The argument is not much different from one that DC Prep PCS, Friendship PCS, or KIPP DC PCS would offer. Once you believe that your organization is providing the absolute best path forward for your students then you believe passionately in your heart that every young person should be able to take advantage of what you have to offer.

Perhaps we have all now come full circle.

Mayor Bowser releases surplus DCPS building to charters. Mayor Bowser releases surplus DCPS building to charters

I will start with an apology. I’m sorry, but I just had to write the headline twice because the news is so stunning. After being in office for almost five years, D.C. Mayor Bowser has finally released a surplus DCPS building for use by a charter school. Last Friday, a request for proposal was sent out for the Ferebee-Hope Elementary School in Southeast. The RFP comes as the DC Association of Chartered Public Schools initiated a public relations campaign entitled End The List, which includes a high quality produced video and radio advertisements with the expressed purpose of pressuring Ms. Bowser to release the over 1 million square feet of excess or under-utilized DCPS classroom space so that the almost 12,000 students on the charter school wait list can gain access to the school of their choice.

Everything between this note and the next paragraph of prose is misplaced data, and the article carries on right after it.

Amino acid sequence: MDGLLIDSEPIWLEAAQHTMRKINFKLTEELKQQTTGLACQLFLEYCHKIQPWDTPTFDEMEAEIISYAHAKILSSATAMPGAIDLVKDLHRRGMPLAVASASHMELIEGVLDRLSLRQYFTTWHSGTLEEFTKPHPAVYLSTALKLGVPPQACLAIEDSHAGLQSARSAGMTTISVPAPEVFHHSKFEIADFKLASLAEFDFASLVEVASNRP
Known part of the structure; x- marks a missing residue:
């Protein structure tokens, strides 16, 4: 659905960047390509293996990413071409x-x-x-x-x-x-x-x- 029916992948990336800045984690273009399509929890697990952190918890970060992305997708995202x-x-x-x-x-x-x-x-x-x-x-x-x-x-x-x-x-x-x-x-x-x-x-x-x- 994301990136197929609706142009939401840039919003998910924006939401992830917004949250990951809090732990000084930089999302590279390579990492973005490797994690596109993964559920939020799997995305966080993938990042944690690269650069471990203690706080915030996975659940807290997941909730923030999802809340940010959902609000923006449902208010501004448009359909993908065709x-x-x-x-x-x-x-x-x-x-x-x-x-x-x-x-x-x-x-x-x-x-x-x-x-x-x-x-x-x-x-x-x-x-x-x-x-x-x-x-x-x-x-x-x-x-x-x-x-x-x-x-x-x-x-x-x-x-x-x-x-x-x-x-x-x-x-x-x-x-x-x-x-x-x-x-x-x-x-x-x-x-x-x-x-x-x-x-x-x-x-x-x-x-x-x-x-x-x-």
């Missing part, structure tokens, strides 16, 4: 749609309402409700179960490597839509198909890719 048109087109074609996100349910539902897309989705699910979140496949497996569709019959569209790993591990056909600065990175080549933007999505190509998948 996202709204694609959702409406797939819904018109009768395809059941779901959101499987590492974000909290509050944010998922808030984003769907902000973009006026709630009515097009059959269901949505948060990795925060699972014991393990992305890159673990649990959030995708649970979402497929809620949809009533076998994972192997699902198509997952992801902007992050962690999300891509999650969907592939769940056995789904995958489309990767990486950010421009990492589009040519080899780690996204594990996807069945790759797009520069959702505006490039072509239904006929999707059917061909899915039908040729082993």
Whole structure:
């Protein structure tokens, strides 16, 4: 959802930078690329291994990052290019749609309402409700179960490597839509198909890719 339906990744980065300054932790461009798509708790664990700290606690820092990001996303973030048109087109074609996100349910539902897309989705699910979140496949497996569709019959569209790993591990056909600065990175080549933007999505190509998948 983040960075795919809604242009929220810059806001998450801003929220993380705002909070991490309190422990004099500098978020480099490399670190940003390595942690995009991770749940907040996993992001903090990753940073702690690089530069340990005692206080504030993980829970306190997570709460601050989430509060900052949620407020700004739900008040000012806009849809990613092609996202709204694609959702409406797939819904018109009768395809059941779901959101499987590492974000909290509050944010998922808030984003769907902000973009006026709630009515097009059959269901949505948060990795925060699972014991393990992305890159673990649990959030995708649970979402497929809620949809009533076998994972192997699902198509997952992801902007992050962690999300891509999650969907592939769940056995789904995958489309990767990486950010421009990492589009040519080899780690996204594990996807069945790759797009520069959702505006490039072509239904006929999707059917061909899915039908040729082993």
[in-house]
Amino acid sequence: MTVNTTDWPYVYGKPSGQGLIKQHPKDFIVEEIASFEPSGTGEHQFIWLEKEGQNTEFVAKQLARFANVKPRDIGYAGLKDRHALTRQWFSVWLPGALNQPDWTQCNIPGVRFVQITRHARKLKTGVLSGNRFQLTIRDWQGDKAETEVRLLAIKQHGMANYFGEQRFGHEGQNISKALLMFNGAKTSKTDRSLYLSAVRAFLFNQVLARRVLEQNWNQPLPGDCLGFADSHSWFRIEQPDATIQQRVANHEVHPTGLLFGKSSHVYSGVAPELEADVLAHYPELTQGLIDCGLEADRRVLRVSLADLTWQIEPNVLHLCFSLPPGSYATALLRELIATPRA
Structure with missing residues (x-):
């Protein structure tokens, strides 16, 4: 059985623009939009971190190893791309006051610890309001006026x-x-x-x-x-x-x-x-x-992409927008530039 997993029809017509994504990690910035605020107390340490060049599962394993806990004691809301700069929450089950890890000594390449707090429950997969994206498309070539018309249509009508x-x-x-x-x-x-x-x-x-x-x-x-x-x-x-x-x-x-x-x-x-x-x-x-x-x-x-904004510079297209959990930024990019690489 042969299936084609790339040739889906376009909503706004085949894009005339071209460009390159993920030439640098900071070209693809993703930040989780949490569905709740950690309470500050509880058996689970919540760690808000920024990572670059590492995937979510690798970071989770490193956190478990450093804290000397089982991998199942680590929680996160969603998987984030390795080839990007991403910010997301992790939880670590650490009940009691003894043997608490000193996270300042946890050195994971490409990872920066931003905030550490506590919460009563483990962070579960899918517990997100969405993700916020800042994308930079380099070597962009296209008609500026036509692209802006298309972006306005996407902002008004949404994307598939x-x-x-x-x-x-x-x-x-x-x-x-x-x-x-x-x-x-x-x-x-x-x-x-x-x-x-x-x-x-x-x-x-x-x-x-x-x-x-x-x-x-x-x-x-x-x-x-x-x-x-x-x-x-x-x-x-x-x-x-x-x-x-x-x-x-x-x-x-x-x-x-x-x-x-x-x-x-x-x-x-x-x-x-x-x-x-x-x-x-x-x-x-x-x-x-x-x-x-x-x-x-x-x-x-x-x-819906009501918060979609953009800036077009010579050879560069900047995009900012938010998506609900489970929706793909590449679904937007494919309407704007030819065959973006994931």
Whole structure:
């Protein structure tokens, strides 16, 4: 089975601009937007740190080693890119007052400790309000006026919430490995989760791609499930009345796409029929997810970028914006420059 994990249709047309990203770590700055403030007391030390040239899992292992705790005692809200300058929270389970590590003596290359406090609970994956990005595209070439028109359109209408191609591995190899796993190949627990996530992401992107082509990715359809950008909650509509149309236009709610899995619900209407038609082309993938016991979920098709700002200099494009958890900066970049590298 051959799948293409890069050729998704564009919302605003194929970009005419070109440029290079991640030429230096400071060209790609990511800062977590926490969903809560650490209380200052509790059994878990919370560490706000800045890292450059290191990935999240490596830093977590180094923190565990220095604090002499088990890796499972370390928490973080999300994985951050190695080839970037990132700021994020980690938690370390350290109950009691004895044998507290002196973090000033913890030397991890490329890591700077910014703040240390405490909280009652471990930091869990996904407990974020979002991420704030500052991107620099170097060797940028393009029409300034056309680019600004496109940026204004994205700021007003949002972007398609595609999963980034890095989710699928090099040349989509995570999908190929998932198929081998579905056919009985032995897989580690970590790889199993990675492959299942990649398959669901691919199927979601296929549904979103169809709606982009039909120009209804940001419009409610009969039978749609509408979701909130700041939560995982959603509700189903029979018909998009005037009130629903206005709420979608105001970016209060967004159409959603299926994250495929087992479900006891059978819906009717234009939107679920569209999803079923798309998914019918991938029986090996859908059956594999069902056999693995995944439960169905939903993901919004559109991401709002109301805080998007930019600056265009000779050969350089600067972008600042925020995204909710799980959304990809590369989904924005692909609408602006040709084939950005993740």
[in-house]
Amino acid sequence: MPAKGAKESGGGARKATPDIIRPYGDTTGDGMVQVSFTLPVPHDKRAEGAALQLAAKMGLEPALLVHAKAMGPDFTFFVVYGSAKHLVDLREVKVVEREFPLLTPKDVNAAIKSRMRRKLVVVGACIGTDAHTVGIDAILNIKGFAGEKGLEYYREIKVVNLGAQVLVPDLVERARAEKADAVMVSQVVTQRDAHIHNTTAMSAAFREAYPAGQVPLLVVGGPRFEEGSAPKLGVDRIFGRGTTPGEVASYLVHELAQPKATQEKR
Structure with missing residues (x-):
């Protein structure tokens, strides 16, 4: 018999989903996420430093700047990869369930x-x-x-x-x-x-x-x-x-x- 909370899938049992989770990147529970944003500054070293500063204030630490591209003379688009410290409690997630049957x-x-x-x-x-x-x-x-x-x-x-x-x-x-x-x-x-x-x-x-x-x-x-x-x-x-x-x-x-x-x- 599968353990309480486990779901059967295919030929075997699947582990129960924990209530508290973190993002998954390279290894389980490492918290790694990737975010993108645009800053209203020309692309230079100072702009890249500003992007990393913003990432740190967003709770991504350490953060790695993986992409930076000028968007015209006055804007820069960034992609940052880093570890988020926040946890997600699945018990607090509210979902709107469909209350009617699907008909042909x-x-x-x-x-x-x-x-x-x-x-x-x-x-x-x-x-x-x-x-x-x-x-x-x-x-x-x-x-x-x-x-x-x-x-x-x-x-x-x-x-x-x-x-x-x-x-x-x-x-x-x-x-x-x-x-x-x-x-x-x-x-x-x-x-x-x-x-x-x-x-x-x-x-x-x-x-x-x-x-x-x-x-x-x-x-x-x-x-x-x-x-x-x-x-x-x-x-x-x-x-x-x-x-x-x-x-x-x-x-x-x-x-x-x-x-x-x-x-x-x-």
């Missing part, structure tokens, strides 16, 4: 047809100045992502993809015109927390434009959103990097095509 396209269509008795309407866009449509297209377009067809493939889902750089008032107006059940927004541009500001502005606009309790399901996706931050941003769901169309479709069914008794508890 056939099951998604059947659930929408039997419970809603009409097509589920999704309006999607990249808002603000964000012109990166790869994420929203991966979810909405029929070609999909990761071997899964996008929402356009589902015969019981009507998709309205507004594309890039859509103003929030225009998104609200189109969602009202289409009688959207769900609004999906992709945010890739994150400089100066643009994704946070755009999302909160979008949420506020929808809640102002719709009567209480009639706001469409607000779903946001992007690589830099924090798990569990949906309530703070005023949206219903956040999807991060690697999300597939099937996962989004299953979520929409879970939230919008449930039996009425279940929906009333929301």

The theme of the End The List campaign should be easily recognizable by readers. Time and time again I have argued that Ms. Bowser is flagrantly disobeying the law by failing to provide a first offer to charter schools for vacant traditional school buildings. She even added insult to injury when in 2018 she turned five shuttered facilities over to developers instead of for use by our children so that that they could further their public education.

The most striking fact for me in the video is that this Mayor has much catch up homework to do if she strives to match her predecessors’ record in support of a educational marketplace. It points out that Anthony Williams turned 13 vacant DCPS sites over to charters. Mayor Fenty did the same with 12 facilities and Mayor Gray answered with 14 of his own for a total of 39. Did I mention that for Ms. Bowser this is the first?

Word on the street is that DC Prep PCS, Friendship PCS, and KIPP PCS will bid on the proposal. Odds are that the liberation of this property was intended to provide a location for KIPP’s second high school.